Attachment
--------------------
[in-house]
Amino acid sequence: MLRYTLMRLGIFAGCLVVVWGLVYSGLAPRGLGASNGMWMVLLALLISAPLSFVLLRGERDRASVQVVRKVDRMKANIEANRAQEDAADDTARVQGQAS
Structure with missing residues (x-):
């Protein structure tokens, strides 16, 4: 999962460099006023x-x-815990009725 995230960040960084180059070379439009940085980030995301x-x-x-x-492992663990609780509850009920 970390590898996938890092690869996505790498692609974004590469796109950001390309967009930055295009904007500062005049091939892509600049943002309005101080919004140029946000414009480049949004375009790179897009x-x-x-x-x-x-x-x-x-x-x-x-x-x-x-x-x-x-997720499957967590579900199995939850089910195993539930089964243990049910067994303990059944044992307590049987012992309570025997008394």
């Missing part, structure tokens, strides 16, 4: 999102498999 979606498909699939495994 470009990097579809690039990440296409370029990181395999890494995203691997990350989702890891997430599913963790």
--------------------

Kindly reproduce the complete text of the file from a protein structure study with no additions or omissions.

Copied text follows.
[in-house]
Amino acid sequence: MLRYTLMRLGIFAGCLVVVWGLVYSGLAPRGLGASNGMWMVLLALLISAPLSFVLLRGERDRASVQVVRKVDRMKANIEANRAQEDAADDTARVQGQAS
Structure with missing residues (x-):
């Protein structure tokens, strides 16, 4: 999962460099006023x-x-815990009725 995230960040960084180059070379439009940085980030995301x-x-x-x-492992663990609780509850009920 970390590898996938890092690869996505790498692609974004590469796109950001390309967009930055295009904007500062005049091939892509600049943002309005101080919004140029946000414009480049949004375009790179897009x-x-x-x-x-x-x-x-x-x-x-x-x-x-x-x-x-x-997720499957967590579900199995939850089910195993539930089964243990049910067994303990059944044992307590049987012992309570025997008394």
């Missing part, structure tokens, strides 16, 4: 999102498999 979606498909699939495994 470009990097579809690039990440296409370029990181395999890494995203691997990350989702890891997430599913963790």